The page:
Saturday, 2:15 PM
Patrick threatens to veto sales tax increase
By Matt Viser, Globe Staff
Governor Deval Patrick threatened today to veto the House's proposal to raise the sales tax, saying that "without real reforms" he "will not support new transportation revenue."
Governor Deval Patrick
Patrick sent a letter to all 200 members of state Legislature that said he "cannot support a sales tax increase and will veto it" if lawmakers do not first enact his transportation reform bill.
"Before we consider any broad-based tax increase, we must first regain the public's confidence in government's ability to steward public funds wisely," Patrick wrote in the three-page letter dated today.
Patrick chided the Legislature for not taking up his revenue proposals – which were more targeted -- and for not taking enough action on pension, ethics, and transportation reforms.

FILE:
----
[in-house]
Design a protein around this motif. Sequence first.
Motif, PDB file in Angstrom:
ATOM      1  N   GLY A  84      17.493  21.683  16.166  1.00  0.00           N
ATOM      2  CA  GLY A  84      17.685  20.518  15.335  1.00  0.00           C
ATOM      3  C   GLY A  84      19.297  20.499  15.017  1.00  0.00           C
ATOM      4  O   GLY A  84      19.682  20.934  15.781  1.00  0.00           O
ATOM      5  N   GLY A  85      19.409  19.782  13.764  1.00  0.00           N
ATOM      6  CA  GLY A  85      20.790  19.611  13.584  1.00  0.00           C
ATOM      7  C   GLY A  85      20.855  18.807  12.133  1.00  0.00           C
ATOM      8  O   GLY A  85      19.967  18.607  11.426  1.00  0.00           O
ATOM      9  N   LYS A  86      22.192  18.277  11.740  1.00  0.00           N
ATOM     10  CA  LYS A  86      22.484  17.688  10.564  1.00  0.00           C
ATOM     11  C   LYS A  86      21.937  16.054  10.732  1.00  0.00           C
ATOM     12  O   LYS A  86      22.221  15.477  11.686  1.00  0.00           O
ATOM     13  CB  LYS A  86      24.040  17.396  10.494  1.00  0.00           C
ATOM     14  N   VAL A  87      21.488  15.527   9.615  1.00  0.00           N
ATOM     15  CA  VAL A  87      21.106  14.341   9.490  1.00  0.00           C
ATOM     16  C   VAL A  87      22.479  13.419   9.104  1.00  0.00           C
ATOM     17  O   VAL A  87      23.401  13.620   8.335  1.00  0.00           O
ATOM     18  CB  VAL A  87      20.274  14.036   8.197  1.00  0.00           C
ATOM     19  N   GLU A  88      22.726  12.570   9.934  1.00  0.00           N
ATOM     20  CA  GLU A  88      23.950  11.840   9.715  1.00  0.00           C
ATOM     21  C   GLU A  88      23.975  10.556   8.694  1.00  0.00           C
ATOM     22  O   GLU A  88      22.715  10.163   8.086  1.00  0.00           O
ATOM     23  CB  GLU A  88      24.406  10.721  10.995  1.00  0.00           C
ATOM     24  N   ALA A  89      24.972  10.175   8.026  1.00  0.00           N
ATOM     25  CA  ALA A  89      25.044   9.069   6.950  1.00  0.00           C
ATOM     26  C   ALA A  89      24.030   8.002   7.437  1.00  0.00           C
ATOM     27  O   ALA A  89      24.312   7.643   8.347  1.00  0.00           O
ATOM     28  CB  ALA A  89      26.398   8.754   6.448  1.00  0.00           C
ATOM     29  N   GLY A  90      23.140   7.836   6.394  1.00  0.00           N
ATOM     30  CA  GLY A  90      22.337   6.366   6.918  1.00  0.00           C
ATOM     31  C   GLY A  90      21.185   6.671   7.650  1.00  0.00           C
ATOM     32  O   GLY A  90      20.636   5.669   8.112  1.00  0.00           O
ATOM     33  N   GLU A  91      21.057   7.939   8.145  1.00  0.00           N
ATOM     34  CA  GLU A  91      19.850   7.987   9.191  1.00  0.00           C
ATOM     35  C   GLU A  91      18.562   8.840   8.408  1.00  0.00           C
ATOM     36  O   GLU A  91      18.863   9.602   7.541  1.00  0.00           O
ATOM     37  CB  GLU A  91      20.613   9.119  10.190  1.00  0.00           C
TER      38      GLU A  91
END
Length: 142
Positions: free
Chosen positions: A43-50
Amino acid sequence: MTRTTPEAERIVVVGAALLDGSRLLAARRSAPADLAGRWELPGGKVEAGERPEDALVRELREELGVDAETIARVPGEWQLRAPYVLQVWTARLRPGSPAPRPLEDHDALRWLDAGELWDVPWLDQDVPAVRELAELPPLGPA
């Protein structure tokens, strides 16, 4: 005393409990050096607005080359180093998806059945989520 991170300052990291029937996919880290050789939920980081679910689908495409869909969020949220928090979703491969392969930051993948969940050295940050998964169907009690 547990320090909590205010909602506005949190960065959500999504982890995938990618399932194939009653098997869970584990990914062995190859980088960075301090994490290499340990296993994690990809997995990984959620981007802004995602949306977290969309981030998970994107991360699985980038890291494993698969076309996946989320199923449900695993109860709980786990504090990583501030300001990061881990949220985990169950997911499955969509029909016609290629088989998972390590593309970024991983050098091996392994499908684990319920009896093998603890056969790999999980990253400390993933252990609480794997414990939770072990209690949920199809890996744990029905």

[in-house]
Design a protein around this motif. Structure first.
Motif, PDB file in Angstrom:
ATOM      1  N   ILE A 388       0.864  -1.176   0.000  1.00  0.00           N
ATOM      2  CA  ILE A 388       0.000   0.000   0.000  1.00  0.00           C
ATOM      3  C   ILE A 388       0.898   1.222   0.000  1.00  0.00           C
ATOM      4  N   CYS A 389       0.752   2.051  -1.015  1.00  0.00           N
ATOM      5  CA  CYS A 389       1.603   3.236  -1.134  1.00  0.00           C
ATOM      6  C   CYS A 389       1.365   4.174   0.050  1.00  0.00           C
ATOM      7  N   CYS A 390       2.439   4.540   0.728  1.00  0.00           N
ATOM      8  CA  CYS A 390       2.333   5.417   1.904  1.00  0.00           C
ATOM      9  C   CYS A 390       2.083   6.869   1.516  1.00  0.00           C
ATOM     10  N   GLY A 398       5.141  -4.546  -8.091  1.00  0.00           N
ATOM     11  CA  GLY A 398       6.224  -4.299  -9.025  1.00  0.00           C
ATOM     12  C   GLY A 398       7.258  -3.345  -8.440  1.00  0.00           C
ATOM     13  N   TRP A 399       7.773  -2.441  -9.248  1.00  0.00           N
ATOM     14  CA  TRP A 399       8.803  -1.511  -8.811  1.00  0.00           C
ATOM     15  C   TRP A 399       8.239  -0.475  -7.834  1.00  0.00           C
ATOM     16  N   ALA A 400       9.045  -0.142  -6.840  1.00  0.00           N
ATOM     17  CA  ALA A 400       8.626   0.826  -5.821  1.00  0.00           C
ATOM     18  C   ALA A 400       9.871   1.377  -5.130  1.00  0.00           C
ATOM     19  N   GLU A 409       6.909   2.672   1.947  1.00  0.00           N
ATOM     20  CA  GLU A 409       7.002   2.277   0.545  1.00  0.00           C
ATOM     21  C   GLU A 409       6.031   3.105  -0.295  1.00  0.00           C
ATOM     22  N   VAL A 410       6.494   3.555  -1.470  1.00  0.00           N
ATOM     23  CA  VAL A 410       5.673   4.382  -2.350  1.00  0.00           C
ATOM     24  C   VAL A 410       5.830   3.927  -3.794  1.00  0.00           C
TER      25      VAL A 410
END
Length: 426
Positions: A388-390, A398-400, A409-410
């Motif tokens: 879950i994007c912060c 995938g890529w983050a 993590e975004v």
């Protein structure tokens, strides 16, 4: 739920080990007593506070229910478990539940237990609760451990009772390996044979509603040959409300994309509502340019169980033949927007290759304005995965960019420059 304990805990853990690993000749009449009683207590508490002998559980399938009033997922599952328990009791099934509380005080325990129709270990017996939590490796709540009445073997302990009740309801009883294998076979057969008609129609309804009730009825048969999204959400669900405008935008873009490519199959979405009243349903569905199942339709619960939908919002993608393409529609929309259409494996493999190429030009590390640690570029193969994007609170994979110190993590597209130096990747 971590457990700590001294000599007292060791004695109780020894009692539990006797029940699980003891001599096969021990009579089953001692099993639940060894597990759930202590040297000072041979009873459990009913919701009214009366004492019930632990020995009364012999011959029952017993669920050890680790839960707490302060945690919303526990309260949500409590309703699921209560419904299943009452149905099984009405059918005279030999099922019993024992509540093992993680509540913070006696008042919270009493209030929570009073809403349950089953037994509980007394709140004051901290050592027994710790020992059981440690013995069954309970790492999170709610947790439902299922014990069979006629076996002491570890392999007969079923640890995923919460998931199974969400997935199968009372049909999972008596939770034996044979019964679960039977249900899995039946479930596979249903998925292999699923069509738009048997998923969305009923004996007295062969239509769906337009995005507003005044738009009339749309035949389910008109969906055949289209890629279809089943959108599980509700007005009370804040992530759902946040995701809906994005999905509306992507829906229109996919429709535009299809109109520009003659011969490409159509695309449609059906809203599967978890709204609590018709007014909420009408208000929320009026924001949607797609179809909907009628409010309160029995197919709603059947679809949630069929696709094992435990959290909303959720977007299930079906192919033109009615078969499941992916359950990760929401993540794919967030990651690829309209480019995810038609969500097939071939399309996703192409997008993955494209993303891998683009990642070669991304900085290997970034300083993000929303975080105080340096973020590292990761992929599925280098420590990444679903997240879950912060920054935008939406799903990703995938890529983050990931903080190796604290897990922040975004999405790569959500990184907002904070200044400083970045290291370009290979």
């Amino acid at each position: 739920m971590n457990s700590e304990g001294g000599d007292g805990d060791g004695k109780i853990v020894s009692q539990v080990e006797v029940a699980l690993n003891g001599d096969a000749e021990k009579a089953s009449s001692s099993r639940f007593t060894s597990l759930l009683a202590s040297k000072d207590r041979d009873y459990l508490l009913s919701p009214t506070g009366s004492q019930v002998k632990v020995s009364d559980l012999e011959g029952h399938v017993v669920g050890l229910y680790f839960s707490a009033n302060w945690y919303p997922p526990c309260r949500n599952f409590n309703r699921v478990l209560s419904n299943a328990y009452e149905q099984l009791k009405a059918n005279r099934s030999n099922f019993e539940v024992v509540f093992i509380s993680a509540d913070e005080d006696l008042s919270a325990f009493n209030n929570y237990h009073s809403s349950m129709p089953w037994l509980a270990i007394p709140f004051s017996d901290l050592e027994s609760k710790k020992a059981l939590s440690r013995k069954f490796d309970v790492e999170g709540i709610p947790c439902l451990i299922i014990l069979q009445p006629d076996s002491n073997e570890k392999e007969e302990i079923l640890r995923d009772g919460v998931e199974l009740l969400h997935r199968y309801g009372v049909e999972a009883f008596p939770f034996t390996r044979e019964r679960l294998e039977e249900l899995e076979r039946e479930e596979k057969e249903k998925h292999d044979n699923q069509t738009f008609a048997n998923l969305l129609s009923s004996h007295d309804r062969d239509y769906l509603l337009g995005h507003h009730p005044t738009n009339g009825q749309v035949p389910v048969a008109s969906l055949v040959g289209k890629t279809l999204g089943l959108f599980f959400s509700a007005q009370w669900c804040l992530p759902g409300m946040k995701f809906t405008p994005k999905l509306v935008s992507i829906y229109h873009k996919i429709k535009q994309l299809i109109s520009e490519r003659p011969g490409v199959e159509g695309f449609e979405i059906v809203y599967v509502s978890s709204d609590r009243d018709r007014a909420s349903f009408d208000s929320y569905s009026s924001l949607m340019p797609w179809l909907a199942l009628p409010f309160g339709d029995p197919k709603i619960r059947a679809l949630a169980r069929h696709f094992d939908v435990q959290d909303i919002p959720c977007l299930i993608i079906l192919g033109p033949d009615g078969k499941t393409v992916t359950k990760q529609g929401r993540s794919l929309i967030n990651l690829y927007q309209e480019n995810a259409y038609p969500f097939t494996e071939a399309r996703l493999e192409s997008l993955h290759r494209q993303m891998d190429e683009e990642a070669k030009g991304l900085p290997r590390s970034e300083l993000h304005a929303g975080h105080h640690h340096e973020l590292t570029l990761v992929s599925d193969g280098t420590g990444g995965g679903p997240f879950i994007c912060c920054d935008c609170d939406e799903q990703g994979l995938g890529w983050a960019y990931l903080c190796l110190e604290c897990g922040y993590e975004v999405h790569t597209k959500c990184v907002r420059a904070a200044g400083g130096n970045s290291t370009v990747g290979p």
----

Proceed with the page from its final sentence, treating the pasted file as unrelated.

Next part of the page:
House Speaker Robert A. DeLeo is pushing to increase the state’s 5 percent sales tax to 6.25 percent, raising $900 million in new revenue. He has been working today to try and secure a two-thirds majority, the amount necessary to override the governor’s veto.
DeLeo wants to dedicate about $275 million of the new revenues to transportation - a maneuver designed to avoid increasing the state's gas tax, Patrick has proposed. Patrick has proposed a 19-cent increase in the gas tax, which would raise nearly double the amount for transportation that DeLeo's plan would.
Patrick, who met at the State House yesterday with DeLeo and Senate President Therese Murray, did not definitively say in his letter whether he would veto a sales tax increase even if the Legislature approved the reforms he’s calling for.
The governor e-mailed the letter to lawmakers at 12:31 p.m., just before they went to the House floor to debate the $27.4 billion budget. Patrick's reform proposals include merging several transportation bureaucracies, which would eliminate the Massachusetts Turnpike Authority and bring Interstate 90 and the Massachusetts Bay Transportation Authority under control of the state. He also wants to reduce the health and pension benefits of transportation workers.